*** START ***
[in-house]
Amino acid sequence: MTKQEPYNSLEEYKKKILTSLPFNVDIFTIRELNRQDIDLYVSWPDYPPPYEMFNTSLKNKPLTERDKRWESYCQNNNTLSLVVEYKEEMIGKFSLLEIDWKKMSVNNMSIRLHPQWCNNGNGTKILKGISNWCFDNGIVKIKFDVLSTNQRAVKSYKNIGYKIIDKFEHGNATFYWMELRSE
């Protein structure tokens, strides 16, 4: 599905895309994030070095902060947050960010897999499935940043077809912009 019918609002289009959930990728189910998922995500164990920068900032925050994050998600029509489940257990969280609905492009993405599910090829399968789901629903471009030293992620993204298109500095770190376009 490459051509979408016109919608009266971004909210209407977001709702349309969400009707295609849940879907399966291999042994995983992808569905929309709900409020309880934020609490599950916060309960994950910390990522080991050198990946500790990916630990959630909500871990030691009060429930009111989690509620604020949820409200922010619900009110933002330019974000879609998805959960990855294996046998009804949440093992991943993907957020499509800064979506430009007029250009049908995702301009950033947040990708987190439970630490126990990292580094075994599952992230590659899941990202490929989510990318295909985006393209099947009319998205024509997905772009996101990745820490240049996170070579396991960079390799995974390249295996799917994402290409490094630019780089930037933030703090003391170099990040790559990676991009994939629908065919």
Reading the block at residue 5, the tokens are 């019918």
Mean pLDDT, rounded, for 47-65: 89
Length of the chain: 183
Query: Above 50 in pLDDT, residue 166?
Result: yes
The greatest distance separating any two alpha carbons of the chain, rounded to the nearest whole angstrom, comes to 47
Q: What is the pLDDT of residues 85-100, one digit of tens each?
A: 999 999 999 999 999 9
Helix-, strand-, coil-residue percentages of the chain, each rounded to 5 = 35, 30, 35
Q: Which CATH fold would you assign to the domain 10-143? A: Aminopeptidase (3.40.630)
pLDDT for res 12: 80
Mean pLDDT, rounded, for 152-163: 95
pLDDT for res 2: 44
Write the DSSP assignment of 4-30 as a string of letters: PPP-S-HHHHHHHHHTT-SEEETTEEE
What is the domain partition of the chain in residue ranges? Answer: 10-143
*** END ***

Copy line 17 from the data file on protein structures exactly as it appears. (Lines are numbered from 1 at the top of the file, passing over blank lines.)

Write the DSSP assignment of 4-30 as a string of letters: PPP-S-HHHHHHHHHTT-SEEETTEEE